#### Donaldson Tan

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##### Re: Need help with Thermodynamics question
« Reply #4 on: March 18, 2007, 05:27:16 PM »
Work Done by A = - Work Done on B
"Say you're in a [chemical] plant and there's a snake on the floor. What are you going to do? Call a consultant? Get a meeting together to talk about which color is the snake? Employees should do one thing: walk over there and you step on the friggin� snake." - Jean-Pierre Garnier, CEO of Glaxosmithkline, June 2006

#### Dzoni

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##### Re: Need help with Thermodynamics question
« Reply #5 on: March 19, 2007, 10:40:39 AM »
Geodome, I agree completely. But how does that relate to this? But is that really necessary for the calculations?

My plan of attack was this: An energy balance on A will reveal dU + PdV = dQ. Integrating that whole lot and using dU = CvdT, I should get Q, not so?

HOWEVER, the issue arises in trying to calculate the PdV term in B (or A for that matter). W = ?PdV, where P = nRT/V. Great, except for the fact that T isn't constant... How do I account for this in the integration?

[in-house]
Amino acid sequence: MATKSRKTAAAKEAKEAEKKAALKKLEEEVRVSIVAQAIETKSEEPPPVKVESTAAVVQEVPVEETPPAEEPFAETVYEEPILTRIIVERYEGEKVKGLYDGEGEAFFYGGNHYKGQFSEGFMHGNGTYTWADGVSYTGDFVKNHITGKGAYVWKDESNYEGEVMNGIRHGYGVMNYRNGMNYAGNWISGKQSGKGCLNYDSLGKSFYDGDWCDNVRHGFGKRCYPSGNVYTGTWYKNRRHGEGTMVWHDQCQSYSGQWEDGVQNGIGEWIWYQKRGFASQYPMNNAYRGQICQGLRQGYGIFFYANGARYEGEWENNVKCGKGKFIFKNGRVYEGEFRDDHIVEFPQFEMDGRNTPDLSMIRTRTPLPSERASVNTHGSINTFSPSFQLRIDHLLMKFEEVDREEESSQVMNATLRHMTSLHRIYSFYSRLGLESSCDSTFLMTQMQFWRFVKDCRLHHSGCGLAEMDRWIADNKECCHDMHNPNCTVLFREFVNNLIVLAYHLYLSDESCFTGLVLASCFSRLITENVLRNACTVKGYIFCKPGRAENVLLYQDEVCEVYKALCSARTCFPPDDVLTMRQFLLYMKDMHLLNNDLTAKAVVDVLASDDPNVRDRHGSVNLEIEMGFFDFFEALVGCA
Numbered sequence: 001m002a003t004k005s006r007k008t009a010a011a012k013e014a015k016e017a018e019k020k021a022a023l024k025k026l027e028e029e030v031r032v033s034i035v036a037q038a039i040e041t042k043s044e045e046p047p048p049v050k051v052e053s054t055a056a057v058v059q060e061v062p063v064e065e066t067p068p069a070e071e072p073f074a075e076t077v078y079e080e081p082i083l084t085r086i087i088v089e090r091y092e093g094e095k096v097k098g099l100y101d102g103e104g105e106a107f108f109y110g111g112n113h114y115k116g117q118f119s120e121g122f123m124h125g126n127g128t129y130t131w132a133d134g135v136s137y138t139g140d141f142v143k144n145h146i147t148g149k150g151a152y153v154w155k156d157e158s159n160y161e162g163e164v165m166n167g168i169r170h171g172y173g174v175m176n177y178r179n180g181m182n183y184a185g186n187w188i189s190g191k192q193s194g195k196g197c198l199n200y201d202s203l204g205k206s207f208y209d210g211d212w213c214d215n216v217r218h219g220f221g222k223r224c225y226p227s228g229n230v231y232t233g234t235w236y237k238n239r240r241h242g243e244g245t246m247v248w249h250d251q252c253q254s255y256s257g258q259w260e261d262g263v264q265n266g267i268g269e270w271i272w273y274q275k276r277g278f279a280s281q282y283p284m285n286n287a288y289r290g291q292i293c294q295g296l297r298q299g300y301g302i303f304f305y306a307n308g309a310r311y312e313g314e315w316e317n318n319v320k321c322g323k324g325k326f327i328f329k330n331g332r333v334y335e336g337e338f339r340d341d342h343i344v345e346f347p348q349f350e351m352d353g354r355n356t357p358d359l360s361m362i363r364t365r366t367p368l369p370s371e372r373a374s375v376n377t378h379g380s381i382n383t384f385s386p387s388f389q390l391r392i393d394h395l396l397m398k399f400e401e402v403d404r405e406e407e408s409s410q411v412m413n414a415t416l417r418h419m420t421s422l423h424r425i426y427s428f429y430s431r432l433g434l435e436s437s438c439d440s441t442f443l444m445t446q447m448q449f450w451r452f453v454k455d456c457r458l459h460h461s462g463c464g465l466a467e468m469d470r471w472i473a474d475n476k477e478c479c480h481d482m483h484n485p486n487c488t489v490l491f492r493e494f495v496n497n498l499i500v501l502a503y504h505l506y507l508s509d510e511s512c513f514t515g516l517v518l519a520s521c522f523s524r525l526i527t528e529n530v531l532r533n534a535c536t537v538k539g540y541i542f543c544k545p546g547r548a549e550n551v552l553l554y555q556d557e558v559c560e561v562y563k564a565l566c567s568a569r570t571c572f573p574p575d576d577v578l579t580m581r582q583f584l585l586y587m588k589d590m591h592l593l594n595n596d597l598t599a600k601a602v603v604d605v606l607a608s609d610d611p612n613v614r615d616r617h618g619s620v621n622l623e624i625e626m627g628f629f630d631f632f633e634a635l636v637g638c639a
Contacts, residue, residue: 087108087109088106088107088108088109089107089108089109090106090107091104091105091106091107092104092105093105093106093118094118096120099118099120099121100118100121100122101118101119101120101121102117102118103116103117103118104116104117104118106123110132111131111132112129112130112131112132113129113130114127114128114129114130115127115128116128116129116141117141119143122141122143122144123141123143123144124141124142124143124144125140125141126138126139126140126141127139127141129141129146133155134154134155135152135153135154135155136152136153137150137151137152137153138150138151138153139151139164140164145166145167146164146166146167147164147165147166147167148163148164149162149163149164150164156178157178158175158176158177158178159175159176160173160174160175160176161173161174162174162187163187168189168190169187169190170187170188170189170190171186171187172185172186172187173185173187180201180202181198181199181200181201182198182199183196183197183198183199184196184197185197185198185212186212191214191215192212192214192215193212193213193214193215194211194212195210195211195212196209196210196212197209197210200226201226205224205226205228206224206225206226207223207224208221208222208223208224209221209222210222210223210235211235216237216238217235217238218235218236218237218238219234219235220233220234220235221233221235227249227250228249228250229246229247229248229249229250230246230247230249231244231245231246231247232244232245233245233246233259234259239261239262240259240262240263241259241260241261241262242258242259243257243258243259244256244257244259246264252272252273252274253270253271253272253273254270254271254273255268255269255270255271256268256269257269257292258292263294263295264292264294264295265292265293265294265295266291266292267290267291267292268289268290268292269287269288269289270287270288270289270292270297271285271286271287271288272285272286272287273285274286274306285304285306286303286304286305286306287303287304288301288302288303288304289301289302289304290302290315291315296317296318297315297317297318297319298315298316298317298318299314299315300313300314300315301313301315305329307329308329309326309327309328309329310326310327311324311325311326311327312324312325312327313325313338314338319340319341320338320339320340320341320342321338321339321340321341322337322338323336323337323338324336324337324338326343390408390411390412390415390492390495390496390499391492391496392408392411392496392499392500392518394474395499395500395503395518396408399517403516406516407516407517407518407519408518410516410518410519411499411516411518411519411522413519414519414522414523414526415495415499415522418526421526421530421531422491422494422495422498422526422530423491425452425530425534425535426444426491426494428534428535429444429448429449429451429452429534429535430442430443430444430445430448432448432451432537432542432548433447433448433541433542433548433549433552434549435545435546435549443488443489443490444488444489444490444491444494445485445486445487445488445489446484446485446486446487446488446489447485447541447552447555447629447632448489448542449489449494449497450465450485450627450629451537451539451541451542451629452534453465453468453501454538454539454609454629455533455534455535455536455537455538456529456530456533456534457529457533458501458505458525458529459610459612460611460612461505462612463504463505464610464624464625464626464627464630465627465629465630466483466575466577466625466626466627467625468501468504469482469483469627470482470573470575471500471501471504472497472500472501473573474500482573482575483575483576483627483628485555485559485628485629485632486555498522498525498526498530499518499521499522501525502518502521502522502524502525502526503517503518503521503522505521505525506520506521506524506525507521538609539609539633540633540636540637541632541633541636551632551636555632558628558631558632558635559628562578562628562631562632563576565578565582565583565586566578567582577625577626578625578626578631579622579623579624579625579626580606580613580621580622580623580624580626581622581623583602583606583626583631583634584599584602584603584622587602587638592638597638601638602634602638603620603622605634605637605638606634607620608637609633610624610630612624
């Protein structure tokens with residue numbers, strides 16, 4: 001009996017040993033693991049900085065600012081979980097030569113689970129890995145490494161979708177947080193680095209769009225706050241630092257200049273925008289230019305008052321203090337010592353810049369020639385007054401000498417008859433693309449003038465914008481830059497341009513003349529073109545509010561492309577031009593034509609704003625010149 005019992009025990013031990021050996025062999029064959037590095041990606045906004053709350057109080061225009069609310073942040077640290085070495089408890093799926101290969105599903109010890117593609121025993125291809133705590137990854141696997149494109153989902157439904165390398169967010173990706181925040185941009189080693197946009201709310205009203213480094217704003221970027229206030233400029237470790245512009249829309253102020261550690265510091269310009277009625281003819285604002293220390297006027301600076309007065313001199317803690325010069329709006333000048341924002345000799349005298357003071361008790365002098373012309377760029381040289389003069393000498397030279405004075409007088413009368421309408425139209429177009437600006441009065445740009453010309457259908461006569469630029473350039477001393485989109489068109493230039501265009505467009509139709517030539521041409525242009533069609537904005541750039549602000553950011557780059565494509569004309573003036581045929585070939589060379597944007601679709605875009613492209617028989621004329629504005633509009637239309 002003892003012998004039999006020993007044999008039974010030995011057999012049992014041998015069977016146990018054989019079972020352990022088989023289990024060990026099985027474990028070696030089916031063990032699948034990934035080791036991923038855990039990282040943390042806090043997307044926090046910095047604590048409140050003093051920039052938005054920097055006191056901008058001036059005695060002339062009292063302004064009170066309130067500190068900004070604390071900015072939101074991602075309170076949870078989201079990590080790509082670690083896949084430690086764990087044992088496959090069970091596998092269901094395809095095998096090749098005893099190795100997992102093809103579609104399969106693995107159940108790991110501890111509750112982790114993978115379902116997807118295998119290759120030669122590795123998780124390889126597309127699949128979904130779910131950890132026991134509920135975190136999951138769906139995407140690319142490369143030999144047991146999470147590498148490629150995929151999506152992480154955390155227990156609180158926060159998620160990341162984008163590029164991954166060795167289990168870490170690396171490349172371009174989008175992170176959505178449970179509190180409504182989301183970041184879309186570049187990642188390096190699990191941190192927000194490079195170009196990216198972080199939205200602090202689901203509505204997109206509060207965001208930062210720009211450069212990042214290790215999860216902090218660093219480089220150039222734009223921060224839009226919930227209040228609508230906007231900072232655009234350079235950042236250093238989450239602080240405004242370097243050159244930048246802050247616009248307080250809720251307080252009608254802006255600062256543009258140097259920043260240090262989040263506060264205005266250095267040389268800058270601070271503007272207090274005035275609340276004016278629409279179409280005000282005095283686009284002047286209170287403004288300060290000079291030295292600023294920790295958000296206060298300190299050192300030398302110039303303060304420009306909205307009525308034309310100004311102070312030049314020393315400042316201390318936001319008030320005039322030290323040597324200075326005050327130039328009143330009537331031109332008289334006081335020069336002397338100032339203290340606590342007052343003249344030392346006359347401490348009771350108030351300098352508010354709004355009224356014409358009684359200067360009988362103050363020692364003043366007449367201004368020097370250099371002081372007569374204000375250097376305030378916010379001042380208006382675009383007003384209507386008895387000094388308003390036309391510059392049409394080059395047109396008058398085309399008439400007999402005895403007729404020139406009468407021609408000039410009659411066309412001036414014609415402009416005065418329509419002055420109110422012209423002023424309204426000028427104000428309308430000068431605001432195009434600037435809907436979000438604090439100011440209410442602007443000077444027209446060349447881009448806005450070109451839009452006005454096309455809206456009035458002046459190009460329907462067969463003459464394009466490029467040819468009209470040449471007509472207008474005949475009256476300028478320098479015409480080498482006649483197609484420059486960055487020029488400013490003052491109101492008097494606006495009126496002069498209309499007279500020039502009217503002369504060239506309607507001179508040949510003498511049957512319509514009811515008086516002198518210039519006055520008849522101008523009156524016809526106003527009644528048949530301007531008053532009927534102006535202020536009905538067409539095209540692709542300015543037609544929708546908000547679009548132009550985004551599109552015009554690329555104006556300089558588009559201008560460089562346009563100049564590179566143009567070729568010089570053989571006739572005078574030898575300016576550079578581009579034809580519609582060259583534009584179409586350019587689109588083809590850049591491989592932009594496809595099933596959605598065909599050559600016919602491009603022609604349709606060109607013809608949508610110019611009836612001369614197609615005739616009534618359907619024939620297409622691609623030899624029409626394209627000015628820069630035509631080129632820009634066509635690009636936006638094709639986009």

#### Yggdrasil

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##### Re: Need help with Thermodynamics question
« Reply #6 on: March 19, 2007, 01:08:12 PM »
Ok, here's how to derive a thrid equation:

Because the piston is a perfect insulator, the compression in chamber A is adiabatic.  This means that:

dU = dw
nCvdT = -PdV
nCvdT = -(nRT/V)dV

After separation of variables, we get:

(dT/T) = -(R/Cv)(dV/V)

After integrating:

ln (Tf/Ti) = (-R/Cv) ln (Vf/Vi)
(Tf/Ti) = (Vi/Vf) ^ (R/Cv)

#### Dzoni

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##### Re: Need help with Thermodynamics question
« Reply #7 on: March 19, 2007, 01:33:12 PM »
Yggdrasil, yes, I should have done that myself, but at first I figured that since the Cv of the gas isn't given, and we don't know what the gas is, there must be a way to do it without that information. Since then, afters hours of various attempts and head-scratching, I've come to realise that that's impossible, so I'm going to give my answer in terms of Cv.

Would there be anything wrong with using PV^? = constant, where ? ? Cp/Cv? I suspect it would lead to the same answer, numerically...

#### Kunisch

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##### Re: Need help with Thermodynamics question
« Reply #8 on: March 19, 2007, 06:21:28 PM »
Depending on how picky your teachers are you might wanna write that the volume of the heater is assumed to be  = 0 (else it would cause a rise in pressure)

Good luck..

Sorry, dont have any time for more help.. finishing a math project worth 4,375 ECTS points

#### Dzoni

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##### Re: Need help with Thermodynamics question
« Reply #9 on: March 20, 2007, 08:32:45 AM »
Myeah, don't think my lecturer would be that picky, but I'll add it in for fun. Thanks...